Trio blends unlikely sounds into award-winning music

Guitarists and erhu player to perform at MACC on Saturday

Greg Sardinha (from left), Tsun-Hui Hung and Jeff Peterson, who combine the unique sounds of steel guitar, Chinese erhu, and Hawaiian slack key guitar, will perform during the next Live @ the MACC virtual concert series at 7:30 p.m. Saturday. Photos courtesy of Jeff Peterson

An unusual blending of Hawaiian slack key guitar and steel guitar with the Chinese erhu led the “Across the Sea” trio of Jeff Peterson, Greg Sardinha and Tsun-Hui Hung to a 2018 Hoku Award for Instrumental Album of the Year.

Now, the three virtuosos on their respective instruments will combine talents at 7:30 p.m. Saturday to present a unique cross-cultural collaboration as part of the Live @ the MACC virtual concert series.

Melding the haunting sound of the erhu with slack key and steel guitar, the trio’s award-winning album featured new arrangements of such Hawaiian standards as “Waika,” “Keawaiki” and “Pua Lililehua.”

“It’s such an unusual sound, but it combines well with the Hawaiian instrumentation,” Peterson explained. “We wanted to give traditional Hawaiian songs a new light with the erhu, which is very much like a voice.”

Internationally recognized as one of the most innovative players of the traditional two-string Chinese version of a violin, Hung graduated from Taiwan’s Chinese Culture University, and received a Master of Arts in music composition from Ohio University and a Ph.D. in cognitive ethnomusicology from Ohio State University. She has won numerous awards, including first prize at the prestigious Taiwan National Erhu competition.

Maui-born guitarist Jeff Peterson performs on the Great Wall of China. He will play a solo Live @ the MACC show on April 17 with new compositions that reflect the many places he’s visited.

Hung, who lives in Hawaii, has also recorded with steel guitarist Sardinha on another project, and with the Hawaiian Style Band’s Wade Cambern on the duet album “Constant as the Moon.”

The trio has toured the Mainland and around Taiwan, as well as playing on Oahu.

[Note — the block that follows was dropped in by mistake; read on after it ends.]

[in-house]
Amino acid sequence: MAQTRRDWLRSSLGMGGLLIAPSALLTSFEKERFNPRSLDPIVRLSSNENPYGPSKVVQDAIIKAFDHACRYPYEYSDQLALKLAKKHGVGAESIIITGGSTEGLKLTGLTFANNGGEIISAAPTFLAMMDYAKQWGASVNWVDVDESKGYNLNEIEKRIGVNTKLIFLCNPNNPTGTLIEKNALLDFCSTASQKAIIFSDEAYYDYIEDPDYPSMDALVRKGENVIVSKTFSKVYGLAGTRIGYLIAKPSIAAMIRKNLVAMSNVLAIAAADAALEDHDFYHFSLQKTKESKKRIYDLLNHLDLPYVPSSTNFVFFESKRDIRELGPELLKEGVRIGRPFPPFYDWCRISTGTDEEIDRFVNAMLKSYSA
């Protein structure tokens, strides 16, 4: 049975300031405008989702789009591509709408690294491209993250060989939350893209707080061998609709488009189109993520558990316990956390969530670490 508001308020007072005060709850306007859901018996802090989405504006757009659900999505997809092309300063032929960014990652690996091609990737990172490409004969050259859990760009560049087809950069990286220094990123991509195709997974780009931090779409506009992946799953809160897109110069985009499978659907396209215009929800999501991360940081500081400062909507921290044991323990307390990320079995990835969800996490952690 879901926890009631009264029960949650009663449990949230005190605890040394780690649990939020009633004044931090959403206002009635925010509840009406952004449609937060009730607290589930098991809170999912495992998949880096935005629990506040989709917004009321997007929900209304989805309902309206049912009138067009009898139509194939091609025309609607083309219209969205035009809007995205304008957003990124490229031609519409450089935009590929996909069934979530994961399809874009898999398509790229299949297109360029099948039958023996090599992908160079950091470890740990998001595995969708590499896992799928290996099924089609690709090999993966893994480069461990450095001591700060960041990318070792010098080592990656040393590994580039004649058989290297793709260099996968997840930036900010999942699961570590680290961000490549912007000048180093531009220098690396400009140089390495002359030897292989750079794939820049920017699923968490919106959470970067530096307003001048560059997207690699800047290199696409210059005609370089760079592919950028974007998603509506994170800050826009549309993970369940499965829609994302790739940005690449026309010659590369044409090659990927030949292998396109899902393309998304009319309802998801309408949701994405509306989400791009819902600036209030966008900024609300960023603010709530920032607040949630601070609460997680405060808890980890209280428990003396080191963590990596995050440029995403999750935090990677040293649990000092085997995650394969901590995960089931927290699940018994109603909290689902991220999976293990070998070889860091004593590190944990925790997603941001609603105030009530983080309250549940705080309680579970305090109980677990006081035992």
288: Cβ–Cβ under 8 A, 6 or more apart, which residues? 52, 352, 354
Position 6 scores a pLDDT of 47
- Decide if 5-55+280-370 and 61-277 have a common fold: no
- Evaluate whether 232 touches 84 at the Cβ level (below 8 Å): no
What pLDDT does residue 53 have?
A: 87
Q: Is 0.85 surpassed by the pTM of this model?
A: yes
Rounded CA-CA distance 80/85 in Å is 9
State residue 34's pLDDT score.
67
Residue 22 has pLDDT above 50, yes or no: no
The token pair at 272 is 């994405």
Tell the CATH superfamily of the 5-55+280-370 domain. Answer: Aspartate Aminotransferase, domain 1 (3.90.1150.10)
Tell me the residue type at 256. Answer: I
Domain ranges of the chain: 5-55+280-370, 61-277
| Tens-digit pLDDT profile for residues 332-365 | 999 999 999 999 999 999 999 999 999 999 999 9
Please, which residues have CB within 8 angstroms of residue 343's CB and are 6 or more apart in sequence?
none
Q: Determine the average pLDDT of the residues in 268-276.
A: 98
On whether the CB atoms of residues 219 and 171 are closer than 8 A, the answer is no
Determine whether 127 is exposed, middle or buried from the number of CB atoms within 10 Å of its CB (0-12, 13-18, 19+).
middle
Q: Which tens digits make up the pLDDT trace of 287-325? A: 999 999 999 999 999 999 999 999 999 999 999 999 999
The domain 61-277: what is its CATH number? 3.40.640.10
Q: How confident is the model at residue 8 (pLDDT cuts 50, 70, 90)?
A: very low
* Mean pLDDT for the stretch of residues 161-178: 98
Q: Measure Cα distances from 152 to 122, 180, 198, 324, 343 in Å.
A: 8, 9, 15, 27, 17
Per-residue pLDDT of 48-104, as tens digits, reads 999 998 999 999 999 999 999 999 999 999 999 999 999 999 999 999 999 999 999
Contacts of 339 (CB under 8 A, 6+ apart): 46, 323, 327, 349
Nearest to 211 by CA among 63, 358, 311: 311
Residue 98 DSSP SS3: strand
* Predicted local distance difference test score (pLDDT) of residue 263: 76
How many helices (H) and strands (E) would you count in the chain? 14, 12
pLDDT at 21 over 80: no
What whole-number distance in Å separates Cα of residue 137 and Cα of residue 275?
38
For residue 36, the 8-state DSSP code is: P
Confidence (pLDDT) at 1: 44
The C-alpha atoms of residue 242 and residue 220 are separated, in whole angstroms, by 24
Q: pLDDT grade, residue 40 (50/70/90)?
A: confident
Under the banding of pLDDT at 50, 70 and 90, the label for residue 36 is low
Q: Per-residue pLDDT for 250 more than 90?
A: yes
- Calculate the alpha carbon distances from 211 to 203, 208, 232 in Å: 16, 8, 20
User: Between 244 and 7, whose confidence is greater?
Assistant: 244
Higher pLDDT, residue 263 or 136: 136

“We’ve got a good response,” said Peterson. “It’s been fun.”

For the MACC show, they will focus on songs from “Across the Sea” and introduce some new material, “since the album came out,” he said.

Peterson will also perform at another Live @ the MACC virtual concert at 7:30 p.m. April 17. That solo show will feature a number of new compositions.

“It will reflect places I’ve been,” said the Maui-born guitarist. “There are Spanish influences and also a piece inspired by a trip to Istanbul and a trip to India and Africa. I went to Zimbabwe on a tour with the State Department with Keola Beamer and Moanalani. We had an amazing experience. I wrote a piece there called ‘Aloha Meets Ubuntu.’

“Ubuntu is the concept of humanity and togetherness, which is part of their culture. I’m going to play that piece and I prepare my guitar to make it sound like a kalimba, what they call the mbira in Zimbabwe. For the piece from Istanbul I tune my guitar to sound like an oud.”

A frequent Na Hoku winner, Peterson’s latest recording, “Ka Nani O Ki Ho’alu, The Beauty of Slack Key,” won awards in 2020 for Hawaiian Slack Key Album and Instrumental Composition of the Year.

He’s looking forward to releasing a new album soon.

“It’s all original music that I wrote over the past year,” he said. “I’m hoping it will be out in April. Just being at home with the pandemic was a good way to be creative. I went crazy and wrote over 100 songs. I’m doing these weekly streaming shows on Stages.com on Wednesdays, and I try to do a new program every week. I’ll take a theme like the uplands of Maui and I would research songs about it and write new pieces. I went through every island and I did different eras and people in Hawaiian history.”

He was also busy writing books in 2020, self-publishing two ukulele instructional guides on Amazon — “20 Practice Routines for Fingerstyle Ukulele” and “Graded Classical Repertoire for the Ukulele.”

“I found a way to play famous guitar pieces I’ve always loved, like by Bach, Vivaldi and Beethoven, and I made arrangements for the ukulele,” he said.

More than 60 classical pieces, including Bach’s “Jesu Joy of Man’s Desiring” and Beethoven’s “Ode to Joy” are arranged for low-G ukulele.

Peterson will also be teaming with acclaimed classical guitarist Ben Verdery and Oahu-born musician Ian O’Sullivan on ukulele, performing an arrangement of Peter Moon’s “Guava Jam” to open Verdery’s “Peace, Love & Guitars” video concert, featuring collaborations with various musicians, presented by the New York City Classical Guitar Society.

Filmed in Hawaii and New York, it will stream at 2 p.m. Hawaii time and 8 p.m. Eastern time on April 23. Tickets at Eventbrite.

“Ben is such a genius,” Peterson said. “I’m barely scratching the surface with collaborations compared to what Ben does. It’s phenomenal. Ian will be on the North Shore and I will be in Kailua and we’ll see where Ben will film. I’m sure it will be a very creative place. I’m excited.”


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